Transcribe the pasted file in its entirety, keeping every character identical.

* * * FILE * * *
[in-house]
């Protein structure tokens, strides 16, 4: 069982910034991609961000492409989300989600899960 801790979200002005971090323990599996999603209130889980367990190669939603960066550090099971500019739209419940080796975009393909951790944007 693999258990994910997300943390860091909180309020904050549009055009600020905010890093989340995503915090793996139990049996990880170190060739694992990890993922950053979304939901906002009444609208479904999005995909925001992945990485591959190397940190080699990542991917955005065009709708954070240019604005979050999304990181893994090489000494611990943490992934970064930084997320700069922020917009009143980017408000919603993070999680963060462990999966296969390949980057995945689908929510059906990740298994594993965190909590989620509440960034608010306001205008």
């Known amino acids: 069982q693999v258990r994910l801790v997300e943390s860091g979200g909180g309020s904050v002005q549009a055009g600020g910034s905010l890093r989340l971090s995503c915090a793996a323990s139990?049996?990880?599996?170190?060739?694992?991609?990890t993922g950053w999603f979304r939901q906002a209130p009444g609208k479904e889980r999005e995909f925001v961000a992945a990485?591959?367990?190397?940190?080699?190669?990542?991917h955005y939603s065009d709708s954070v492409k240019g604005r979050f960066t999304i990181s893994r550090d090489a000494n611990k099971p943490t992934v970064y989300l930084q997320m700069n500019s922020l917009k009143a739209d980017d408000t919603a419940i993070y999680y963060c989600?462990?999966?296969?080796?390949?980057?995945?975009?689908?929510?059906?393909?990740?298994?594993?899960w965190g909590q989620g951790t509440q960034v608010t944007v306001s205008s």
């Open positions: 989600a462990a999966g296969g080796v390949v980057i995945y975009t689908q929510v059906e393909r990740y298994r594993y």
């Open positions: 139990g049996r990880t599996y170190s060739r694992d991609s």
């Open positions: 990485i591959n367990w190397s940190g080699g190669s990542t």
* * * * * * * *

[in-house]
């Protein structure tokens, strides 16, 4: 069982910034991609961000492409989300989600899960 801790979200002005971090323990599996999603209130889980367990190669939603960066550090099971500019739209419940080796975009393909951790944007 693999258990994910997300943390860091909180309020904050549009055009600020905010890093989340995503915090793996139990049996990880170190060739694992990890993922950053979304939901906002009444609208479904999005995909925001992945990485591959190397940190080699990542991917955005065009709708954070240019604005979050999304990181893994090489000494611990943490992934970064930084997320700069922020917009009143980017408000919603993070999680963060462990999966296969390949980057995945689908929510059906990740298994594993965190909590989620509440960034608010306001205008």
């Known amino acids: 069982q693999v258990r994910l801790v997300e943390s860091g979200g909180g309020s904050v002005q549009a055009g600020g910034s905010l890093r989340l971090s995503c915090a793996a323990s139990?049996?990880?599996?170190?060739?694992?991609?990890t993922g950053w999603f979304r939901q906002a209130p009444g609208k479904e889980r999005e995909f925001v961000a992945a990485?591959?367990?190397?940190?080699?190669?990542?991917h955005y939603s065009d709708s954070v492409k240019g604005r979050f960066t999304i990181s893994r550090d090489a000494n611990k099971p943490t992934v970064y989300l930084q997320m700069n500019s922020l917009k009143a739209d980017d408000t919603a419940i993070y999680y963060c989600?462990?999966?296969?080796?390949?980057?995945?975009?689908?929510?059906?393909?990740?298994?594993?899960w965190g909590q989620g951790t509440q960034v608010t944007v306001s205008s």
């Open positions: 989600a462990a999966g296969g080796v390949v980057i995945y975009t689908q929510v059906e393909r990740y298994r594993y």
């Open positions: 139990g049996r990880t599996y170190s060739r694992d991609s």
């Open positions: 990485i591959n367990w190397s940190g080699g190669s990542t």